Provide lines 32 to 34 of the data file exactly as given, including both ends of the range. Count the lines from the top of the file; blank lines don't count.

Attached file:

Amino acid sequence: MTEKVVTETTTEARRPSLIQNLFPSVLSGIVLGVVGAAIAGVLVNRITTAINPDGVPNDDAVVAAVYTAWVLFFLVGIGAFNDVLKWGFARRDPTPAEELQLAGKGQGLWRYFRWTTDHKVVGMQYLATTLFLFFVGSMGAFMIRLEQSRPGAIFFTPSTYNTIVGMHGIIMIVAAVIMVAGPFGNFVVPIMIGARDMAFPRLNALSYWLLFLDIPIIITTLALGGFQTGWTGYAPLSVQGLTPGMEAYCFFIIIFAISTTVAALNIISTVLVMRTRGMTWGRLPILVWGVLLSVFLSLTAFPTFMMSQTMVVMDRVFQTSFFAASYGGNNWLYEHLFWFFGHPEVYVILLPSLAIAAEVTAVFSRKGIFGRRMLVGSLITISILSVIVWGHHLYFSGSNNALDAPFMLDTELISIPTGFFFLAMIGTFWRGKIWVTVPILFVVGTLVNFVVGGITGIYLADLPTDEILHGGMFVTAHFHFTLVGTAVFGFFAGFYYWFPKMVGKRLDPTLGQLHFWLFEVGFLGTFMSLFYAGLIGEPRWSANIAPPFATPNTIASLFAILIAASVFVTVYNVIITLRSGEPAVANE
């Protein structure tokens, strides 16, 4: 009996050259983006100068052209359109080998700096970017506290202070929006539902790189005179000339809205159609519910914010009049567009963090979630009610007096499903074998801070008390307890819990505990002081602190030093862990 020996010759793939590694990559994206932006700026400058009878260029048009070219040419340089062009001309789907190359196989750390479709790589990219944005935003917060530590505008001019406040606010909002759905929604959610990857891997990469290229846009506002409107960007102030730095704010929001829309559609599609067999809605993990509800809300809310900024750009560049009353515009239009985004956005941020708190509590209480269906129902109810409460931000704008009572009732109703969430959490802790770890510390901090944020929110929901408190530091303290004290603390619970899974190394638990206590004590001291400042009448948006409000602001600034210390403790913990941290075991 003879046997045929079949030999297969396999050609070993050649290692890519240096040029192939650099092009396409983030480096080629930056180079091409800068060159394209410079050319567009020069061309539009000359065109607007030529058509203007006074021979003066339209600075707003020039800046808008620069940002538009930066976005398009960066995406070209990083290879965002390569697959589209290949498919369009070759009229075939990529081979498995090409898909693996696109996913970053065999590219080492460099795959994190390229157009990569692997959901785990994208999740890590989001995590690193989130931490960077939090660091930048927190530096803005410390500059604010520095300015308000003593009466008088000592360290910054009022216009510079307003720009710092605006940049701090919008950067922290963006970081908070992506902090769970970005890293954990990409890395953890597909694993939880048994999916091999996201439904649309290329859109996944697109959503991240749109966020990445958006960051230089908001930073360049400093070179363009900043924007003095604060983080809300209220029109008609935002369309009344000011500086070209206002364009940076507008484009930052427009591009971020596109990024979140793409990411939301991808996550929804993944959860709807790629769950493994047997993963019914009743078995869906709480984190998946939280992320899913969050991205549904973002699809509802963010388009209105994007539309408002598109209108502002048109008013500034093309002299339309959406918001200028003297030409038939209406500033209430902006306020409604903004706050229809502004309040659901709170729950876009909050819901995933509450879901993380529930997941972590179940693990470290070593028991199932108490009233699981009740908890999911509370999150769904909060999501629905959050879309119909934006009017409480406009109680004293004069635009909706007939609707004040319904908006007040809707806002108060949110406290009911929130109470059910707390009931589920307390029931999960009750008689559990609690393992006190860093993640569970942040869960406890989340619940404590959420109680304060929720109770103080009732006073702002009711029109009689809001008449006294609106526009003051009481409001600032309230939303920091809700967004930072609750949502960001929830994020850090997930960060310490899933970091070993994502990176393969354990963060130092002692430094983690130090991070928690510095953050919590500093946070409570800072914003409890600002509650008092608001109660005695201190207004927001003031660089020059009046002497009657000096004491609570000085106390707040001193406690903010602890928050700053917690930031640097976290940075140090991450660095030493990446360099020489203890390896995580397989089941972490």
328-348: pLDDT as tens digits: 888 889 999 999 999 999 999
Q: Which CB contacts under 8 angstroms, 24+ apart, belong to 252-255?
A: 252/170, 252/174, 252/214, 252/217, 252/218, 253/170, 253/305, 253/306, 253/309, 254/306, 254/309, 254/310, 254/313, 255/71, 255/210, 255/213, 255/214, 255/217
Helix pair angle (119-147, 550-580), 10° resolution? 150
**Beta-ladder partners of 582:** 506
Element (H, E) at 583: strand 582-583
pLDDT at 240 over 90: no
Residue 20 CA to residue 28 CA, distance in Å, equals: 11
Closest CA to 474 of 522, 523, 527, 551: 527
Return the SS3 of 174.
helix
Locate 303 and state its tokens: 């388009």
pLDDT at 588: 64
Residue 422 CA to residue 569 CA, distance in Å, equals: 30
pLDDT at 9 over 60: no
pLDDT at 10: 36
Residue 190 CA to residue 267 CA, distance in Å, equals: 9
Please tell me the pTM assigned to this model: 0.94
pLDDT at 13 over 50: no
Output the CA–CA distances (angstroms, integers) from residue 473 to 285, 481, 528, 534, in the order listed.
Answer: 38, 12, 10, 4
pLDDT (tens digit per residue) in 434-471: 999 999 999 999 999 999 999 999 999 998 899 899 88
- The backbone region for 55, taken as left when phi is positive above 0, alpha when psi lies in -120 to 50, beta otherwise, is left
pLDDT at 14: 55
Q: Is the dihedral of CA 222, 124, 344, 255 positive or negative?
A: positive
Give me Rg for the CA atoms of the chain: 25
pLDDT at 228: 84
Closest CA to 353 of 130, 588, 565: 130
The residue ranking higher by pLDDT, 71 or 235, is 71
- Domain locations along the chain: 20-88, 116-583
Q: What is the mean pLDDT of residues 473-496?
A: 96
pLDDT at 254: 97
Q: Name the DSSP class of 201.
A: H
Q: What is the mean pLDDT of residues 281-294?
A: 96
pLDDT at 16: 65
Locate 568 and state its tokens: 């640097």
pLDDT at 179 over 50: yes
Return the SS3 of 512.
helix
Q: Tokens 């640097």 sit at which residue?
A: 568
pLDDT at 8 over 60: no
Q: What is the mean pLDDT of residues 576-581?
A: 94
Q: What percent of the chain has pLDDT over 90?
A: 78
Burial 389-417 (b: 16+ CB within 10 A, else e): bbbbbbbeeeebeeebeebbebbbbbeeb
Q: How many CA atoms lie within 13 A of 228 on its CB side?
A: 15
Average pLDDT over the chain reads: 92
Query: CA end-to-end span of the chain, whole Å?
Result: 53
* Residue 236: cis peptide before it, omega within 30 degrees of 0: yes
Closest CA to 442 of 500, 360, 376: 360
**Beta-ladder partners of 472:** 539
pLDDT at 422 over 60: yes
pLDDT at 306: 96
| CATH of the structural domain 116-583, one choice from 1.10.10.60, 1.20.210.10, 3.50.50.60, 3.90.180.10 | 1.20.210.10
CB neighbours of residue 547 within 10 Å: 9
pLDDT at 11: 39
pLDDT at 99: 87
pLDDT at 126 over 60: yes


The residue ranking higher by pLDDT, 71 or 235, is 71
- Domain locations along the chain: 20-88, 116-583
Q: What is the mean pLDDT of residues 473-496?